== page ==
Charles Spurgeon is arguably one of the greatest preachers in the history of Christianity.
- He preached over 600 sermons before the age of 20.
- The collection of his recorded sermons fills 63 volumes and over 20 million words, making it the largest collection of books by a single Christian author.
- He once spoke to an audience of 23,654 without the use of a microphone or sound system.
- He frequently preached 10 times per week because he accepted so many invitations to speak.1
Spurgeon was so gifted and influential that it’s no wonder he earned the nickname of the “Prince of Preachers.”
It’s safe to say that we could all learn much about preaching from such a prolific preacher.
So here are 12 preaching tips that Charles Spurgeon taught his students:
1. PRAYER IS SERMON PREP
Nothing prepares you to preach more than prayer.
“Prayer will singularly assist you in the delivery of your sermon; in fact, nothing can so gloriously fit you to preach as descending fresh from the mount of communion with God to speak with men. None are so able to plead with men as those who have been wrestling with God on their behalf.”2
2. USE STRIKING INTRODUCTIONS
The beginning of your sermon should immediately capture our attention.
“I prefer to make the introduction of my sermon very like that of the town-crier, who rings his bell and cries, ‘Oh, yes! Oh, yes! This is to give notice,’ merely to let people know that he has news for them, and wants them to listen. To do that, the introduction should have something striking in it. It is well to fire a startling shot as the signal gun to clear the decks for action.”3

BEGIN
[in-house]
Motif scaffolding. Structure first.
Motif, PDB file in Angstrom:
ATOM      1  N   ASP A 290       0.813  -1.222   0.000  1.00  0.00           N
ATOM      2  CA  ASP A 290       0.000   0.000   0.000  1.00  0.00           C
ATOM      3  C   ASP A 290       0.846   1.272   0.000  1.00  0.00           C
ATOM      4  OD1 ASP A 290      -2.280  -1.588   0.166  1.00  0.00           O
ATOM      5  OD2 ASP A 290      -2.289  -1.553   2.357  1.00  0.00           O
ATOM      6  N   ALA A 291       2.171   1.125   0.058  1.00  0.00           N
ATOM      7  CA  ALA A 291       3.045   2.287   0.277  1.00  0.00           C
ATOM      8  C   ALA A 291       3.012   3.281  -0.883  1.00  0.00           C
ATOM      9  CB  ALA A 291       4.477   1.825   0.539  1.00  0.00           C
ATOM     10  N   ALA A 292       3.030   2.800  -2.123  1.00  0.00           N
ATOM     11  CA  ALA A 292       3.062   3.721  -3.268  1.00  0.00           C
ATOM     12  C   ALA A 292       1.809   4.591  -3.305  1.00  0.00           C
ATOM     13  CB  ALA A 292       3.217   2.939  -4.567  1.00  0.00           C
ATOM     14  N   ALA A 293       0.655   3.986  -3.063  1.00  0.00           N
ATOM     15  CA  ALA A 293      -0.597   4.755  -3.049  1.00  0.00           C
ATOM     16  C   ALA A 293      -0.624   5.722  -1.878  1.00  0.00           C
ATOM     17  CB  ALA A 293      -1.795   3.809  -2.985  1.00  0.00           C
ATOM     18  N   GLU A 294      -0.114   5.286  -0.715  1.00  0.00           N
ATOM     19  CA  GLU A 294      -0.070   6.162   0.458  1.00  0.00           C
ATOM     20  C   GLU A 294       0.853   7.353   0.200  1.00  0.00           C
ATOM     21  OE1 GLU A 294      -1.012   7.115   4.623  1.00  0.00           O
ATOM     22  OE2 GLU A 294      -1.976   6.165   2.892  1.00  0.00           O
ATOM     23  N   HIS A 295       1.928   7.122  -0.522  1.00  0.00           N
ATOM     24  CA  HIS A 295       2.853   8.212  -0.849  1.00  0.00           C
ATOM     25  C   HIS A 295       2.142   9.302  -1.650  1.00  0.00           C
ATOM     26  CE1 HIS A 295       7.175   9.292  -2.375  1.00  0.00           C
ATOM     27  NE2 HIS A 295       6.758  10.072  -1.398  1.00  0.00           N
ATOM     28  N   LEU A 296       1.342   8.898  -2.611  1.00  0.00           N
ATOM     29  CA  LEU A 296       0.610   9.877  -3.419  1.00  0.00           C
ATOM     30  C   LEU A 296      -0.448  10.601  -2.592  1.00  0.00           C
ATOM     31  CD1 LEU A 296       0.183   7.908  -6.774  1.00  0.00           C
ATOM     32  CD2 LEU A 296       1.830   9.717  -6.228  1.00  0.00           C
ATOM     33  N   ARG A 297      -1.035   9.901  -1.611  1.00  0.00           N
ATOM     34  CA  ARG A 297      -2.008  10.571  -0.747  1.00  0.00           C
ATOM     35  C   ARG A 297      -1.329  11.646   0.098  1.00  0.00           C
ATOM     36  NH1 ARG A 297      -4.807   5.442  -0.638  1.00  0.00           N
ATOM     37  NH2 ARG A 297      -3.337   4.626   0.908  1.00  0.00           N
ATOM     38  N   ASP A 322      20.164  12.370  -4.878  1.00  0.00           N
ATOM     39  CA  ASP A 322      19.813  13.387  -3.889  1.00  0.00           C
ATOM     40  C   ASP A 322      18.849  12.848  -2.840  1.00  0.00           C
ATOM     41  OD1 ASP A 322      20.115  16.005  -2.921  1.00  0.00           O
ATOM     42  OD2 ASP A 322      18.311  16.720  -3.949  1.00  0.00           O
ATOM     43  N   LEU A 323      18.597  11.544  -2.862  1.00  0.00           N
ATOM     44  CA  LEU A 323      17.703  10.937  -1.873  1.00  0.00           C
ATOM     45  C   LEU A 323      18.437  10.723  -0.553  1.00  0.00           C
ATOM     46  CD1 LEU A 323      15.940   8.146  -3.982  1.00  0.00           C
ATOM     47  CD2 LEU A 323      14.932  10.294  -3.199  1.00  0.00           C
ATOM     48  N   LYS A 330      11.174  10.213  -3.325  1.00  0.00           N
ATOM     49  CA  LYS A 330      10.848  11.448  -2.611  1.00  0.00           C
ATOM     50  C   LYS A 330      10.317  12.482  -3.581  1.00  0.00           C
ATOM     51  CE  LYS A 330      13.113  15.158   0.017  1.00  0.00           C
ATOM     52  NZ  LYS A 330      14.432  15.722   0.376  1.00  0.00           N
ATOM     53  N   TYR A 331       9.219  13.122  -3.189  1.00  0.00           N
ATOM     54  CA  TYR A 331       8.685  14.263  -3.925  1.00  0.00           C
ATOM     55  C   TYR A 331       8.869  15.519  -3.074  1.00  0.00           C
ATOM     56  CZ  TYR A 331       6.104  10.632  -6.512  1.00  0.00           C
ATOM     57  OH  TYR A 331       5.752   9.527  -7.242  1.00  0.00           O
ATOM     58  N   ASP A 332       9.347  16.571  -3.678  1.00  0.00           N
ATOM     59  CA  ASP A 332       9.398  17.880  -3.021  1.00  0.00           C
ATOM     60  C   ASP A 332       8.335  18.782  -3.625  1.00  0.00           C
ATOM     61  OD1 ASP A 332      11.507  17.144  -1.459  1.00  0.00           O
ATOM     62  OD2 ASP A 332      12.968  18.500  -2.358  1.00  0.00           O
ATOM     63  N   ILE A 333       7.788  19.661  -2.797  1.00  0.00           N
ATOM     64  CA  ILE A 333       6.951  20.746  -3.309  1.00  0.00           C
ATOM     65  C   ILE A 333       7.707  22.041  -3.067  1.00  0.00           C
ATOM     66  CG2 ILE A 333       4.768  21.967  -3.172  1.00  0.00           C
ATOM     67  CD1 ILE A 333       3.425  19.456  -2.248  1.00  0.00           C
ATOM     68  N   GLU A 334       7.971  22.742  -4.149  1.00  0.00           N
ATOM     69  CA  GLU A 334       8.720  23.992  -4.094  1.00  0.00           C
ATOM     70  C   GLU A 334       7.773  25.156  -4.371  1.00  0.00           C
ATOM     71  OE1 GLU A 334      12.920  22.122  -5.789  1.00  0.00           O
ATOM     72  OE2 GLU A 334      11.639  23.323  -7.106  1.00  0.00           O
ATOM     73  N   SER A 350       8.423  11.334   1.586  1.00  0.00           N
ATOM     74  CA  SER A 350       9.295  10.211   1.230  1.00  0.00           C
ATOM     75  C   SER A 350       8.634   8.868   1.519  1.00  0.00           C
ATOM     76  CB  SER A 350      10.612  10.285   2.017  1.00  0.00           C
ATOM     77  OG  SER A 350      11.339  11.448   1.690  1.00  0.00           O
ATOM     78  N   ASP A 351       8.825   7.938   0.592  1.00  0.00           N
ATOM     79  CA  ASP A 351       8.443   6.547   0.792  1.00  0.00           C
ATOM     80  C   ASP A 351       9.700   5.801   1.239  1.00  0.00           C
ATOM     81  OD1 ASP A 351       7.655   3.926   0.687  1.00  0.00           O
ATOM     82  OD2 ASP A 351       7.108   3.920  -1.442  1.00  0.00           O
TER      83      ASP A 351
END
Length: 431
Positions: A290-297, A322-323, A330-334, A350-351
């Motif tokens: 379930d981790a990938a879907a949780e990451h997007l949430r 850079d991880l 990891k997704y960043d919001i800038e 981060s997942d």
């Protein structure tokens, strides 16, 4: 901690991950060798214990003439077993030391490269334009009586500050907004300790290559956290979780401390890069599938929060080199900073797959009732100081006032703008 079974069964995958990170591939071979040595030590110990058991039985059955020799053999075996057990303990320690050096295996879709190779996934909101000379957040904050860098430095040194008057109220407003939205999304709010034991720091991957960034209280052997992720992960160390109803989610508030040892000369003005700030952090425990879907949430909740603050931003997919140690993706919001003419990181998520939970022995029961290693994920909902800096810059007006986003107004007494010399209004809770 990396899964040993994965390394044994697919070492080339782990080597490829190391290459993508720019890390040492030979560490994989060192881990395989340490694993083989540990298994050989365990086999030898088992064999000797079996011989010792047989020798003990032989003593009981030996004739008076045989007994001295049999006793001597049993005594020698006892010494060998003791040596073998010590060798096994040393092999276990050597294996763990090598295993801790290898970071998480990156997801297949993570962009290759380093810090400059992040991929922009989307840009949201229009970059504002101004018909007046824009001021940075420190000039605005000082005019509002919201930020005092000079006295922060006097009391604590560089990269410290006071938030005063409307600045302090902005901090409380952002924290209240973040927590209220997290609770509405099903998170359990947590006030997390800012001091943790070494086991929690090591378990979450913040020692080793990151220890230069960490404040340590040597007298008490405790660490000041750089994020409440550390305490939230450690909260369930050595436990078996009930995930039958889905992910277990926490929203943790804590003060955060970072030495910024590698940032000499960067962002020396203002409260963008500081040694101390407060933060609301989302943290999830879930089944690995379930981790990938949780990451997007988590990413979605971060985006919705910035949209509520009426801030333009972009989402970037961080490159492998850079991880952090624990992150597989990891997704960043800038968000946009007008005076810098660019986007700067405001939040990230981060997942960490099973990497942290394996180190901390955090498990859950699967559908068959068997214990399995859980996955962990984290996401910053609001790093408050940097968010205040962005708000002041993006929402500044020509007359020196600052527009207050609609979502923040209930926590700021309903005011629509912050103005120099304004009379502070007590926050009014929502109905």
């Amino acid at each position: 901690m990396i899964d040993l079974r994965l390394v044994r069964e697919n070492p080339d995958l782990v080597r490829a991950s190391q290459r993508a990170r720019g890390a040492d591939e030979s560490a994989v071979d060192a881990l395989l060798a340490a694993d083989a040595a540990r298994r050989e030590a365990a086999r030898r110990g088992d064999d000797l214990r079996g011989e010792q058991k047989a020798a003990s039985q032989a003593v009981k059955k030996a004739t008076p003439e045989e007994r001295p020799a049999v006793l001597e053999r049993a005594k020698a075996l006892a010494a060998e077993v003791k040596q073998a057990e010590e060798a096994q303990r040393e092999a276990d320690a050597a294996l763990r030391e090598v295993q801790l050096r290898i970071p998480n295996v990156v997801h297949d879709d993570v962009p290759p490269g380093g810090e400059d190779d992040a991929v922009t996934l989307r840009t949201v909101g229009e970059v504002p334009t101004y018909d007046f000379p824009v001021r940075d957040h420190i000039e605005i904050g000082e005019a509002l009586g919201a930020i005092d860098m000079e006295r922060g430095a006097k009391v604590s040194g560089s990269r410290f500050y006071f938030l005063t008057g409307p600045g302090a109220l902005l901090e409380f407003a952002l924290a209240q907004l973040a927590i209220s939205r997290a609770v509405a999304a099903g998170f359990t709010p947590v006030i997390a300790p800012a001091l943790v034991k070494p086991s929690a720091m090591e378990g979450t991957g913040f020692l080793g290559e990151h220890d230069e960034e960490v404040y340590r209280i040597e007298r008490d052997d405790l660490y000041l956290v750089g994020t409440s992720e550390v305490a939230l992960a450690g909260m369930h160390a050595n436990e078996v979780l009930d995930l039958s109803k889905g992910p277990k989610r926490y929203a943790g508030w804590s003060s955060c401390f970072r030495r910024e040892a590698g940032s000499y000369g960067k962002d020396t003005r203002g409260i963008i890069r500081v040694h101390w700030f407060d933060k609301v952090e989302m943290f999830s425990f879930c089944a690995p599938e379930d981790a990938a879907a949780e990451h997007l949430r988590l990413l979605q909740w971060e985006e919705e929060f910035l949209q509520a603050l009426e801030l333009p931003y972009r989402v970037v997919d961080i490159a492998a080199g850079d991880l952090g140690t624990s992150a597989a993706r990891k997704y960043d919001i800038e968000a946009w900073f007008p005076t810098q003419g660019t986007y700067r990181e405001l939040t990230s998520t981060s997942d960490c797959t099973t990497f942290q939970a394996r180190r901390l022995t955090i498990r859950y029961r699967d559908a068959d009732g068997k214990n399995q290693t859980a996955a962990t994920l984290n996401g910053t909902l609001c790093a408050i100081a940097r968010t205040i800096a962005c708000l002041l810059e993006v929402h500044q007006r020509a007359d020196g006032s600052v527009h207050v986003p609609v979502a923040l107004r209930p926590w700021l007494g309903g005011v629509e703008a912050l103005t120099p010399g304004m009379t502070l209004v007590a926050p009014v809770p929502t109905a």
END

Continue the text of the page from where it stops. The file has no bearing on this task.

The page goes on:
3. LONG SERMONS ARE A PRODUCT OF SHORT STUDY
It takes a higher level of preparation and discipline to say less.
“Brevity is a virtue within the reach of all of us; do not let us lose the opportunity of gaining the credit which it brings. If you ask me how you may shorten your sermons, I should say, study them better. Spend more time in the study that you may need less in the pulpit. We are generally longest when we have least to say.”4
4. VARY YOUR VOICE
Nobody wants to listen to a monotone preacher.
“What a pity that a man who from his heart delivered doctrines of undoubted value, in language the most appropriate, should commit ministerial suicide by harping on one string, when the Lord had given him an instrument of many strings to play upon! Alas! alas! for that dreary voice, it hummed and hummed like a mill-wheel to the same unmusical turn, whether its owner spake of heaven or hell, eternal life or everlasting wrath.